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Why Stocks Rallied Today

Stocks rallied at 9:45am ET as the June Chicago Purchasing Managers Index (PMI) came in a 61.1, well above expectations of 54; new orders 61.2 also above expectations. Why do we care? It was the first regional report that showed upside strength in a while...and Chicago is close to Michigan, which means....cars. The Dow is now in positive territory for the quarter.

On QE2 (quantitative easing): It is a mistake to think that because the markets are up this week, that is an indication that no one cares about QE2 ending.

I say that because we are approaching the end of a very peculiar quarter: bonds have notably outperformed stocks (the 10-year has outperformed the S&P by almost 8 percentage points), and it is highly likely much of this week's action is due to fund allocations into stocks to raise equity exposure.

Regardless, it's absurd to argue that QE2 ending hasn't changed trading patterns. The greatest trade of the last year (maybe the decade) was created by QE2 and has shown signs of unwinding for 2 months.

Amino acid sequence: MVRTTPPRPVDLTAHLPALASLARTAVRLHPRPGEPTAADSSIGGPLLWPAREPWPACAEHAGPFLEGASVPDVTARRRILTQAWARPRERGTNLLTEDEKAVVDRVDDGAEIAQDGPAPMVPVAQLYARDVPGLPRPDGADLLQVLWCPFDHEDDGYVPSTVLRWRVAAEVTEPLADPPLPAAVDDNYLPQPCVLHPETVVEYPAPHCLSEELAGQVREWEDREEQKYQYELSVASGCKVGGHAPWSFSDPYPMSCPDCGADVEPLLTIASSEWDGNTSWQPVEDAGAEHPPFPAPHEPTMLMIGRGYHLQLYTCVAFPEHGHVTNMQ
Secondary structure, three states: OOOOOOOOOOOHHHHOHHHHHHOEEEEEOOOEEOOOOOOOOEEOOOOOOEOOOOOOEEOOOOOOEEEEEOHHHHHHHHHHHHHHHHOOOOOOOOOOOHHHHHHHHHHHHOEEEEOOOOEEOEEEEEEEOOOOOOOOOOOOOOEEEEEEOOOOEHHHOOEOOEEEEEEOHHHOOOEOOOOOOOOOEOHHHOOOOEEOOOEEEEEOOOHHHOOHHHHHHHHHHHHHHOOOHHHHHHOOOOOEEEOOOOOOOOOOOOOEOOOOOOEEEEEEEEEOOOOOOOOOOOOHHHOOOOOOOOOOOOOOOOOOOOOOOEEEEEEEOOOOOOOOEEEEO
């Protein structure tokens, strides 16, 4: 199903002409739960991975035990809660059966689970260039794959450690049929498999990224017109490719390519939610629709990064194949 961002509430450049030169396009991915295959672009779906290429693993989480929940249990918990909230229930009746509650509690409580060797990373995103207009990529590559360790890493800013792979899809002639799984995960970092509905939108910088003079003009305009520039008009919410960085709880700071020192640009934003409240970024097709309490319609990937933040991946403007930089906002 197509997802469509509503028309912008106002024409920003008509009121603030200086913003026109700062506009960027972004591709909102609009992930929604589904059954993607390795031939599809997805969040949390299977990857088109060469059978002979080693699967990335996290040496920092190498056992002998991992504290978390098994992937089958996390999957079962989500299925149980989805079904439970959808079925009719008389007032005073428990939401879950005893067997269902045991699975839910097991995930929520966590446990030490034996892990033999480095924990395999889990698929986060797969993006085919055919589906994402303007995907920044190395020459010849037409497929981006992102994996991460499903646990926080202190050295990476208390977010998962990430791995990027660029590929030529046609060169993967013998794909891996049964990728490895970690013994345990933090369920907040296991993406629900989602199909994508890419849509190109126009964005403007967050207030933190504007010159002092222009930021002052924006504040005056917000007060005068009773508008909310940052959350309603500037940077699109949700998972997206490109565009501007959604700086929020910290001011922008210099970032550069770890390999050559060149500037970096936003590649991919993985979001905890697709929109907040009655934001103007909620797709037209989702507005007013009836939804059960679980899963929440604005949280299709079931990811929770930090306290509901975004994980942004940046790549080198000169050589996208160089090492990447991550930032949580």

I'm referring to the "short dollar/long commodities/long commodity" trade, which dropped the dollar 10 percent in the last ten months and caused a pop of over 40 percent in energy stocks, over 30 percent in material stocks.

Traders made a veritable fortune on this trade, because traders could make the bet and stick with it for months...the Fed, after all, clearly telegraphed how long QE2 would last, and how much would be spent.

But this trade has not worked well since the end of April. Many have argued that the Greek crisis torpedoed the euro and put an early end to the rally and to the "short dollar/long commodities/long commodity" trade. There may be some truth to that.

At any rate, that famous trade is long in the tooth, but not completely dead. If the euro can continue to rally, and we continue to reverse the string of disappointing economic news (as we did today with the Chicago PMI), and the Fed continues to keep short term rates near zero as Europe raises rates...that trade can continue to work. But you can thank the Fed for creating the trade.

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